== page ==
carry out diagnosis and repair.
ASNU: Experts in injector diagnostics
There’s not much we haven’t seen in our 27 years as market leaders in gasoline injector diagnostic testing and servicing. The ASNU network services over 600,000 gasoline injectors per year worldwide, with distribution in over 60 countries. Our injector diagnostics programme covers all gasoline injectors used on cars, bikes and marine engines. As you can imagine, we have an extensive knowledge base that we gladly share with service workshops using our kit via education and support materials and advice, which you too could benefit from.
With both the workshop and the VM warranty department equipped with the ASNU system and support, the ability for the workshop and the warranty department to both quickly and simply identify, confirm or eliminate injector related problems has improved immensely.
GDI: A FAMILIAR FRIEND
Since the creation of the gasoline combustion engine, the fundamentals haven’t changed. With a GDI engine, combustion still requires three essential elements: Air, Fuel and Ignition. The quantity, timing and delivery of these three elements has been refined and now, through research and development, are delivered in a more efficient manner and at unimaginable speeds to original conception.
There are many different manufacturer-led names for GDI; Spark Ignited Direct Injection (SIDI), Smart Charge Injection (SCI), High Precision Injection (HPI), variants of ‘petrol direct injection’ and Fuel Stratified Injection (FSI), to name a few. They all have the same feature; direct injection for a gasoline engine. The advantages offered for the motorist and the VMs mean there will never be a return to the original manifold/port injection systems.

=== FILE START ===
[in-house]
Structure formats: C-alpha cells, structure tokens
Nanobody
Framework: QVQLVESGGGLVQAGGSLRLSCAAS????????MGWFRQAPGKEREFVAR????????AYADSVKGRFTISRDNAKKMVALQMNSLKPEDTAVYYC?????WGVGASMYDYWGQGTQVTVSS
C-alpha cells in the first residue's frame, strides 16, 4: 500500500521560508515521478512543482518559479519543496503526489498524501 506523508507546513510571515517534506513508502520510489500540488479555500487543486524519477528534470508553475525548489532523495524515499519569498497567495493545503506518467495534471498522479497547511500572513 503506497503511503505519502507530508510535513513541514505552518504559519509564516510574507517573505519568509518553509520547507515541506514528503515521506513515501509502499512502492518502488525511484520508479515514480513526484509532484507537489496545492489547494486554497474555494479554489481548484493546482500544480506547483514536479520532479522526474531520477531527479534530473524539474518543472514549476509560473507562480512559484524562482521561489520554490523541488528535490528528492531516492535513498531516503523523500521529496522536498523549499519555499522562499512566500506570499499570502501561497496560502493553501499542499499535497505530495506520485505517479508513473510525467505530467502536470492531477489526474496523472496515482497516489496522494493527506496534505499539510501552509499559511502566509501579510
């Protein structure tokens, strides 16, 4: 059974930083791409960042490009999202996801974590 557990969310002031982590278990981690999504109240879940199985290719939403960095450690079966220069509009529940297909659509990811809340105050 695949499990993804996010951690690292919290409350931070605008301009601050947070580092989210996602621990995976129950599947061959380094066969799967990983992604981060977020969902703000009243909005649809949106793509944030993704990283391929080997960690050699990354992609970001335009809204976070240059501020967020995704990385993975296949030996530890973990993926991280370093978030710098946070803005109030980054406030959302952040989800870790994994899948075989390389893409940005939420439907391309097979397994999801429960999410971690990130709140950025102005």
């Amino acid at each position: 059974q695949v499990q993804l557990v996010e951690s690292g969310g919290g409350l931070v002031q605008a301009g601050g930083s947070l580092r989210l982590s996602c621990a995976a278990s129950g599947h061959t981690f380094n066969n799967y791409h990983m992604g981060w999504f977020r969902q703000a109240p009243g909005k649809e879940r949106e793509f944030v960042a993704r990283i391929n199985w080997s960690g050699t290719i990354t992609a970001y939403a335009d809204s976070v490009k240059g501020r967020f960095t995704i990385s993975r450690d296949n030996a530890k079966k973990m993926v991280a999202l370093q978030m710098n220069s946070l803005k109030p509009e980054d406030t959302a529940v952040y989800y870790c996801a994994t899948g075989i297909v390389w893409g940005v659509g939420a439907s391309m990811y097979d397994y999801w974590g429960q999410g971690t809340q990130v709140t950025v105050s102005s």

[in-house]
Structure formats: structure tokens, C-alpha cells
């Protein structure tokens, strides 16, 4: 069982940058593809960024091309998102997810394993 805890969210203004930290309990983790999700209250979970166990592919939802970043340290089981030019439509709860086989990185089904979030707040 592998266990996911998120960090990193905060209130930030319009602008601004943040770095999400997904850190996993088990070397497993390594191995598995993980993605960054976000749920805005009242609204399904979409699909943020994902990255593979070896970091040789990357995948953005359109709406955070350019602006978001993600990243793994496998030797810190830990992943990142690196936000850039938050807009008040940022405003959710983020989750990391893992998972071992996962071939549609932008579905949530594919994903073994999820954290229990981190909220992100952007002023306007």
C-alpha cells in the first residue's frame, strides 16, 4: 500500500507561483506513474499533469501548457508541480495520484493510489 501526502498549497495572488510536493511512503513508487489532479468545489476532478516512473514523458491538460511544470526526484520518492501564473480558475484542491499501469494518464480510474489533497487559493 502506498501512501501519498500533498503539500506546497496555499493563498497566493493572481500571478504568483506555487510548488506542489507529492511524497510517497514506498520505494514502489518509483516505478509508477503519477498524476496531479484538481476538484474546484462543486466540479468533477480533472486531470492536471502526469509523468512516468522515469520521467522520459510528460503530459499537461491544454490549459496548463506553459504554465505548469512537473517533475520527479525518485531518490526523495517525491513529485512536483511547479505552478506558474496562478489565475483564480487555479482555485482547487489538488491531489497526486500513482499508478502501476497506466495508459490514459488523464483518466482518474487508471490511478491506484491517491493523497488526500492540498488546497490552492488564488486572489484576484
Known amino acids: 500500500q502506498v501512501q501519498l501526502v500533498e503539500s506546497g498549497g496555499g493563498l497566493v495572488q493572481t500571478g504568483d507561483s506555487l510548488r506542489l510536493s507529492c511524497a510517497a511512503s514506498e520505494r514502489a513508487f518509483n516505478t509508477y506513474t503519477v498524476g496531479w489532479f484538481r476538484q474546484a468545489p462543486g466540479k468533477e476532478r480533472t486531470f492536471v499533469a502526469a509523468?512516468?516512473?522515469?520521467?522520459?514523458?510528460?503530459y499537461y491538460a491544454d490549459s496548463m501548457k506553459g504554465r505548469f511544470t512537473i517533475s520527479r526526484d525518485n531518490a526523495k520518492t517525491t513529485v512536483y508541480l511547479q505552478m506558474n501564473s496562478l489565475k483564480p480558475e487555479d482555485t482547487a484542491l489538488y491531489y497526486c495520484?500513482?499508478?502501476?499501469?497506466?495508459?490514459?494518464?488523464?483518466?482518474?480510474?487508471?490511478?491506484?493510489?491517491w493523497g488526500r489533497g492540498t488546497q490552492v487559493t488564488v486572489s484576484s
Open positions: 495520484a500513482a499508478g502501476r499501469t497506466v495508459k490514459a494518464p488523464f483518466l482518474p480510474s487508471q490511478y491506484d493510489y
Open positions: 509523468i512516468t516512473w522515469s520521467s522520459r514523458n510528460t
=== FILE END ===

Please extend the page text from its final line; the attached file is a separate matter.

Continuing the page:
GDI as we know it now, has been in mass production since 1997, when Mitsubishi introduced Carisma, using Hitachi-produced GDI injectors. The initial launch was one of expectation; all the other VMs waited to gauge acceptance for this type of engine. Even though most of them had already been working on such systems, the motorists’ reaction to the GDI vehicle was the question that hung in the air.
It was answered swiftly; GDI proved to be a winner. As a family saloon, Carisma appealed perfectly to a mass market desiring both performance and economy. The die was cast. Exposure was good to start with and any initial problems with the system were credited to teething problems caused by the fuel quality in the UK leaving deposits in the combustion chamber. This wasn’t necessarily the case, but it wasn’t known at the time.
Fast forward to modern day. The GDI System has two running modes:
This mode is the economical combustion cycle. In some systems, the Air to Fuel ratio can be as high as 65 to 1. In this mode, the injector delivers a minimum amount of fuel in to the combustion chamber, just before the piston reaches TDC and before ignition. This mode is used at idle and light throttle settings when the vehicle is driven slowly.
This mode is what would be called a normal combustion cycle, with an Air to Fuel ratio of 25 to 1. In this mode, the injector delivers a normal amount of fuel into the combustion chamber. This gives the engine the required performance as the vehicle accelerates.
The Engine Management System determines when the system needs to switch between the Stratified Charge Mode and the Homogeneous Running Mode.
On a GDI system, the fuel is injected directly into the combustion chamber at a much higher pressure than manifold systems, up to 200 bar. These systems now require fuel pumps and injectors made of stainless steel and must be capable of performing at a much higher specification than ones seen on previous manifold injection systems. It delivers very precise quantities of fuel at extremely high pressures and in short periods of time, in some cases, for fractions of a millisecond.
To control these systems, the ECU is also of a higher specification and required to supply a higher current of up to 90V on some systems. There are many manufacturers of this type of system, but Bosch are recognised as one of the leaders in the development of GDI Technology.
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COMING UP: In the July issue of Autotechnician, ASNU investigates common GDI injector problems and how they can be safely diagnosed and fixed.